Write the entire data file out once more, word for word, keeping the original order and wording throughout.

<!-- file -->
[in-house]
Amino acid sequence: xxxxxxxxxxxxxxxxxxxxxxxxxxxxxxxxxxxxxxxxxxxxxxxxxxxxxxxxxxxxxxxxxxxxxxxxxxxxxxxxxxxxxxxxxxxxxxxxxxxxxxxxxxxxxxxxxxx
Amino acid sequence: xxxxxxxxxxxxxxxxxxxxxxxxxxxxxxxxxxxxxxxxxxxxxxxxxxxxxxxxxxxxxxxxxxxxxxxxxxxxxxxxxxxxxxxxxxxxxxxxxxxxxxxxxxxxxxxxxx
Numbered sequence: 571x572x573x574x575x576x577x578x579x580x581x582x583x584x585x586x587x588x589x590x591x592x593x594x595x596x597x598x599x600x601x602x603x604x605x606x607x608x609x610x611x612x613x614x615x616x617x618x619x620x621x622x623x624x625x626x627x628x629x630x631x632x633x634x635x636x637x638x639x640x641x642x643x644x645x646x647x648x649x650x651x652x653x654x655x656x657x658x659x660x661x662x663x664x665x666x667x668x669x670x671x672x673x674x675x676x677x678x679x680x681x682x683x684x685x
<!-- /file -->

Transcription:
[in-house]
Amino acid sequence: xxxxxxxxxxxxxxxxxxxxxxxxxxxxxxxxxxxxxxxxxxxxxxxxxxxxxxxxxxxxxxxxxxxxxxxxxxxxxxxxxxxxxxxxxxxxxxxxxxxxxxxxxxxxxxxxxxx
Amino acid sequence: xxxxxxxxxxxxxxxxxxxxxxxxxxxxxxxxxxxxxxxxxxxxxxxxxxxxxxxxxxxxxxxxxxxxxxxxxxxxxxxxxxxxxxxxxxxxxxxxxxxxxxxxxxxxxxxxxx
Numbered sequence: 571x572x573x574x575x576x577x578x579x580x581x582x583x584x585x586x587x588x589x590x591x592x593x594x595x596x597x598x599x600x601x602x603x604x605x606x607x608x609x610x611x612x613x614x615x616x617x618x619x620x621x622x623x624x625x626x627x628x629x630x631x632x633x634x635x636x637x638x639x640x641x642x643x644x645x646x647x648x649x650x651x652x653x654x655x656x657x658x659x660x661x662x663x664x665x666x667x668x669x670x671x672x673x674x675x676x677x678x679x680x681x682x683x684x685x